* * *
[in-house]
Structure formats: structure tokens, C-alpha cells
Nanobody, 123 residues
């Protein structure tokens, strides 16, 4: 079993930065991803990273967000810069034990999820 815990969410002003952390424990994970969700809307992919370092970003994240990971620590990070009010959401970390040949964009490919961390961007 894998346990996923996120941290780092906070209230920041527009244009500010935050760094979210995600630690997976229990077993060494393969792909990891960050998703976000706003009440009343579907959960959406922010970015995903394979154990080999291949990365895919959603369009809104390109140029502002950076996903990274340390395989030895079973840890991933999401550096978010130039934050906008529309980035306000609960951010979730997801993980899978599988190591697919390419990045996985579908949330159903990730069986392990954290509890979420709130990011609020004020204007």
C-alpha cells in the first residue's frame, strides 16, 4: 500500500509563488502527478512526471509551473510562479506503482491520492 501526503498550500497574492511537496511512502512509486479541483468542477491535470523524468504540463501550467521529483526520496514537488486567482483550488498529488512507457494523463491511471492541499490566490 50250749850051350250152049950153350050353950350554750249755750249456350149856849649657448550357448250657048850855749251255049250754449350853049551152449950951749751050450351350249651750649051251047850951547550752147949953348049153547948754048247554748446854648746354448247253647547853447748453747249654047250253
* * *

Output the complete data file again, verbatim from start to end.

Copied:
[in-house]
Structure formats: structure tokens, C-alpha cells
Nanobody, 123 residues
């Protein structure tokens, strides 16, 4: 079993930065991803990273967000810069034990999820 815990969410002003952390424990994970969700809307992919370092970003994240990971620590990070009010959401970390040949964009490919961390961007 894998346990996923996120941290780092906070209230920041527009244009500010935050760094979210995600630690997976229990077993060494393969792909990891960050998703976000706003009440009343579907959960959406922010970015995903394979154990080999291949990365895919959603369009809104390109140029502002950076996903990274340390395989030895079973840890991933999401550096978010130039934050906008529309980035306000609960951010979730997801993980899978599988190591697919390419990045996985579908949330159903990730069986392990954290509890979420709130990011609020004020204007």
C-alpha cells in the first residue's frame, strides 16, 4: 500500500509563488502527478512526471509551473510562479506503482491520492 501526503498550500497574492511537496511512502512509486479541483468542477491535470523524468504540463501550467521529483526520496514537488486567482483550488498529488512507457494523463491511471492541499490566490 50250749850051350250152049950153350050353950350554750249755750249456350149856849649657448550357448250657048850855749251255049250754449350853049551152449950951749751050450351350249651750649051251047850951547550752147949953348049153547948754048247554748446854648746354448247253647547853447748453747249654047250253